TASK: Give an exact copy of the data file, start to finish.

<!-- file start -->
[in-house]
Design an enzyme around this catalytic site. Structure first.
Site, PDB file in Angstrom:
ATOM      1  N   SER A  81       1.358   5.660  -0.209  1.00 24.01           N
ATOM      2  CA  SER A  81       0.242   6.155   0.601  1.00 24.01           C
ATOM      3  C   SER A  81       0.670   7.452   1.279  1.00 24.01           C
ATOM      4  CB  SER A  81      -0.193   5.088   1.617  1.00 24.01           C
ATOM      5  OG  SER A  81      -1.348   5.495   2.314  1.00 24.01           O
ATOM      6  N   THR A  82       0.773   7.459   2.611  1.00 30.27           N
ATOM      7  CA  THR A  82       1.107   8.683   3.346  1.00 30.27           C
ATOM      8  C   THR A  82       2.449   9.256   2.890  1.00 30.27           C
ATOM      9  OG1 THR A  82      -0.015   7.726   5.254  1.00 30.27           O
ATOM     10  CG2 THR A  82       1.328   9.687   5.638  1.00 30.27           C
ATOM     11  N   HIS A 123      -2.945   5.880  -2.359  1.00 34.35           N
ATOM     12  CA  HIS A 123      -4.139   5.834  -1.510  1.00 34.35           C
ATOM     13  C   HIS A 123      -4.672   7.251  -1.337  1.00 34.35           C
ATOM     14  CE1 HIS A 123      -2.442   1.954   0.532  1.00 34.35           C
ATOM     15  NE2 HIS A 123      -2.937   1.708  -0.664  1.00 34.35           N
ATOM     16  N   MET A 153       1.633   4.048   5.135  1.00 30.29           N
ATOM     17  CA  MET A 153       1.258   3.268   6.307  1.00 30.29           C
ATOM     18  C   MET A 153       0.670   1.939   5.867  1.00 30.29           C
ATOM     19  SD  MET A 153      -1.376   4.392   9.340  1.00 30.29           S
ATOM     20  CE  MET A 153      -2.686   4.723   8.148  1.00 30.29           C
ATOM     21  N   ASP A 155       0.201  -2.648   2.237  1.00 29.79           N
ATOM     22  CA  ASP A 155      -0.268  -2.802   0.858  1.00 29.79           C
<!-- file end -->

[in-house]
Design an enzyme around this catalytic site. Structure first.
Site, PDB file in Angstrom:
ATOM      1  N   SER A  81       1.358   5.660  -0.209  1.00 24.01           N
ATOM      2  CA  SER A  81       0.242   6.155   0.601  1.00 24.01           C
ATOM      3  C   SER A  81       0.670   7.452   1.279  1.00 24.01           C
ATOM      4  CB  SER A  81      -0.193   5.088   1.617  1.00 24.01           C
ATOM      5  OG  SER A  81      -1.348   5.495   2.314  1.00 24.01           O
ATOM      6  N   THR A  82       0.773   7.459   2.611  1.00 30.27           N
ATOM      7  CA  THR A  82       1.107   8.683   3.346  1.00 30.27           C
ATOM      8  C   THR A  82       2.449   9.256   2.890  1.00 30.27           C
ATOM      9  OG1 THR A  82      -0.015   7.726   5.254  1.00 30.27           O
ATOM     10  CG2 THR A  82       1.328   9.687   5.638  1.00 30.27           C
ATOM     11  N   HIS A 123      -2.945   5.880  -2.359  1.00 34.35           N
ATOM     12  CA  HIS A 123      -4.139   5.834  -1.510  1.00 34.35           C
ATOM     13  C   HIS A 123      -4.672   7.251  -1.337  1.00 34.35           C
ATOM     14  CE1 HIS A 123      -2.442   1.954   0.532  1.00 34.35           C
ATOM     15  NE2 HIS A 123      -2.937   1.708  -0.664  1.00 34.35           N
ATOM     16  N   MET A 153       1.633   4.048   5.135  1.00 30.29           N
ATOM     17  CA  MET A 153       1.258   3.268   6.307  1.00 30.29           C
ATOM     18  C   MET A 153       0.670   1.939   5.867  1.00 30.29           C
ATOM     19  SD  MET A 153      -1.376   4.392   9.340  1.00 30.29           S
ATOM     20  CE  MET A 153      -2.686   4.723   8.148  1.00 30.29           C
ATOM     21  N   ASP A 155       0.201  -2.648   2.237  1.00 29.79           N
ATOM     22  CA  ASP A 155      -0.268  -2.802   0.858  1.00 29.79           C